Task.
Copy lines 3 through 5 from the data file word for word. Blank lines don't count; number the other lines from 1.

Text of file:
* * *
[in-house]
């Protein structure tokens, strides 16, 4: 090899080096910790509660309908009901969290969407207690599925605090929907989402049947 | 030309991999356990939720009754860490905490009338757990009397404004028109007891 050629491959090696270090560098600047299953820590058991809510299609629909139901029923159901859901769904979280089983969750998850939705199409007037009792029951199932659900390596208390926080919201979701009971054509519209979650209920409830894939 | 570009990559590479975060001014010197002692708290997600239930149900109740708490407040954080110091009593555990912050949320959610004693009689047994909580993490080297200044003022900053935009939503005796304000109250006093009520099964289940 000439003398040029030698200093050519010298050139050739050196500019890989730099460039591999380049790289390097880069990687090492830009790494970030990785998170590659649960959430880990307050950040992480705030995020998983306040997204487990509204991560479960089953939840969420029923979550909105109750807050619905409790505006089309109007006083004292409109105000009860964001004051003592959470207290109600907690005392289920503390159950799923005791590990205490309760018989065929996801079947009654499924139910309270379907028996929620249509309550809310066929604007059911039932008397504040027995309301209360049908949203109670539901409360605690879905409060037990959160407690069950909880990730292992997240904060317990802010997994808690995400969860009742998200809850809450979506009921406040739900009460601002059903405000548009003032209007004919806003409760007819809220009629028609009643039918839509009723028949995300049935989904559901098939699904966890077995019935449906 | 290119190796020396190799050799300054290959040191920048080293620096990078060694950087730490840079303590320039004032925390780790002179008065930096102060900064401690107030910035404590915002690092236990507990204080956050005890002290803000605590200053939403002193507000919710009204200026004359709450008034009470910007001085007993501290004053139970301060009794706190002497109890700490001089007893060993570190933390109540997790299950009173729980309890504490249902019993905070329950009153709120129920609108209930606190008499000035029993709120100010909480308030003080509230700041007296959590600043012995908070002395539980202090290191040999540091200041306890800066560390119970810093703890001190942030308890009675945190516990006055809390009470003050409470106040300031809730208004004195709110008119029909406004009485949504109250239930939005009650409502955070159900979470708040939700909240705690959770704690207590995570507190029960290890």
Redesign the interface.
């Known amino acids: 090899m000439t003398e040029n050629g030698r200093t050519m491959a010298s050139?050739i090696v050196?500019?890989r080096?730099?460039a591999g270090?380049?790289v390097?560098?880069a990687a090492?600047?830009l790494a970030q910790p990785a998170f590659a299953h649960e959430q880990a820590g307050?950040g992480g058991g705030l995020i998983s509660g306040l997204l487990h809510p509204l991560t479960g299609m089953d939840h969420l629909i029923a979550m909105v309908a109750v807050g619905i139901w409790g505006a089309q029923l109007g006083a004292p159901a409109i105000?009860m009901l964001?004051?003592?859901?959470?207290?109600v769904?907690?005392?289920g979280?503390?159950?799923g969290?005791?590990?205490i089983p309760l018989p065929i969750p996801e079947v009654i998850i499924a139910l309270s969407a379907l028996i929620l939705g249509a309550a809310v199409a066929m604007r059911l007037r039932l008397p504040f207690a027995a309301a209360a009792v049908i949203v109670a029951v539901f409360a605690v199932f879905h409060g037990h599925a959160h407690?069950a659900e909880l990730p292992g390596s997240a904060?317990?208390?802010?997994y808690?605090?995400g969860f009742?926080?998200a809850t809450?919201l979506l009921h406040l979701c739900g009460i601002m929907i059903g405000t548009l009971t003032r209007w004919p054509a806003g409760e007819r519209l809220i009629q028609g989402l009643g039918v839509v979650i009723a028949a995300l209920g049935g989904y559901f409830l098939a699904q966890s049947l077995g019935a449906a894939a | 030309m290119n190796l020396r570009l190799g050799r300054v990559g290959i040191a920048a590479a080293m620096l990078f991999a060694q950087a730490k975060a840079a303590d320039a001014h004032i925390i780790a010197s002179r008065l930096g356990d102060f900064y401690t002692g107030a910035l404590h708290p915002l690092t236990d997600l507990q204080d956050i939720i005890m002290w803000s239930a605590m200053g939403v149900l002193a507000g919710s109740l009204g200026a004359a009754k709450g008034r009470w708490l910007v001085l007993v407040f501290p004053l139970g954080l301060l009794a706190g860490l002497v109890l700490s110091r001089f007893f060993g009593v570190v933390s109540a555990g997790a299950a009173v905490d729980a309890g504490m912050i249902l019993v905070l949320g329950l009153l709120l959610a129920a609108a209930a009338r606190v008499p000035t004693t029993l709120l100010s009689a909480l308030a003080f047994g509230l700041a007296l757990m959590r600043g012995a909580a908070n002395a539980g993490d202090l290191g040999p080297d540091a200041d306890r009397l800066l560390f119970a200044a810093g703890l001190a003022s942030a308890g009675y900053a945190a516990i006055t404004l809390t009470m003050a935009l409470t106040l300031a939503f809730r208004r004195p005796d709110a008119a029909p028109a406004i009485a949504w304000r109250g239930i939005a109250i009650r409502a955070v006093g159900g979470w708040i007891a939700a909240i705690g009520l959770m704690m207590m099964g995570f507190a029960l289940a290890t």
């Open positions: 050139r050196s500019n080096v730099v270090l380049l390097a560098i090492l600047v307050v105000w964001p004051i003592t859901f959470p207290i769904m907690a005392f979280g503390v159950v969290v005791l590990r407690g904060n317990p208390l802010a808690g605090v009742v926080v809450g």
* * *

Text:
Redesign the interface.
């Known amino acids: 090899m000439t003398e040029n050629g030698r200093t050519m491959a010298s050139?050739i090696v050196?500019?890989r080096?730099?460039a591999g270090?380049?790289v390097?560098?880069a990687a090492?600047?830009l790494a970030q910790p990785a998170f590659a299953h649960e959430q880990a820590g307050?950040g992480g058991g705030l995020i998983s509660g306040l997204l487990h809510p509204l991560t479960g299609m089953d939840h969420l629909i029923a979550m909105v309908a109750v807050g619905i139901w409790g505006a089309q029923l109007g006083a004292p159901a409109i105000?009860m009901l964001?004051?003592?859901?959470?207290?109600v769904?907690?005392?289920g979280?503390?159950?799923g969290?005791?590990?205490i089983p309760l018989p065929i969750p996801e079947v009654i998850i499924a139910l309270s969407a379907l028996i929620l939705g249509a309550a809310v199409a066929m604007r059911l007037r039932l008397p504040f207690a027995a309301a209360a009792v049908i949203v109670a029951v539901f409360a605690v199932f879905h409060g037990h599925a959160h407690?069950a659900e909880l990730p292992g390596s997240a904060?317990?208390?802010?997994y808690?605090?995400g969860f009742?926080?998200a809850t809450?919201l979506l009921h406040l979701c739900g009460i601002m929907i059903g405000t548009l009971t003032r209007w004919p054509a806003g409760e007819r519209l809220i009629q028609g989402l009643g039918v839509v979650i009723a028949a995300l209920g049935g989904y559901f409830l098939a699904q966890s049947l077995g019935a449906a894939a | 030309m290119n190796l020396r570009l190799g050799r300054v990559g290959i040191a920048a590479a080293m620096l990078f991999a060694q950087a730490k975060a840079a303590d320039a001014h004032i925390i780790a010197s002179r008065l930096g356990d102060f900064y401690t002692g107030a910035l404590h708290p915002l690092t236990d997600l507990q204080d956050i939720i005890m002290w803000s239930a605590m200053g939403v149900l002193a507000g919710s109740l009204g200026a004359a009754k709450g008034r009470w708490l910007v001085l007993v407040f501290p004053l139970g954080l301060l009794a706190g860490l002497v109890l700490s110091r001089f007893f060993g009593v570190v933390s109540a555990g997790a299950a009173v905490d729980a309890g504490m912050i249902l019993v905070l949320g329950l009153l709120l959610a129920a609108a209930a009338r606190v008499p000035t004693t029993l709120l100010s009689a909480l308030a003080f047994g509230l700041a007296l757990m959590r600043g012995a909580a908070n002395a539980g993490d202090l290191g040999p080297d540091a200041d306890r009397l800066l560390f119970a200044a810093g703890l001190a003022s942030a308890g009675y900053a945190a516990i006055t404004l809390t009470m003050a935009l409470t106040l300031a939503f809730r208004r004195p005796d709110a008119a029909p028109a406004i009485a949504w304000r109250g239930i939005a109250i009650r409502a955070v006093g159900g979470w708040i007891a939700a909240i705690g009520l959770m704690m207590m099964g995570f507190a029960l289940a290890t």
């Open positions: 050139r050196s500019n080096v730099v270090l380049l390097a560098i090492l600047v307050v105000w964001p004051i003592t859901f959470p207290i769904m907690a005392f979280g503390v159950v969290v005791l590990r407690g904060n317990p208390l802010a808690g605090v009742v926080v809450g």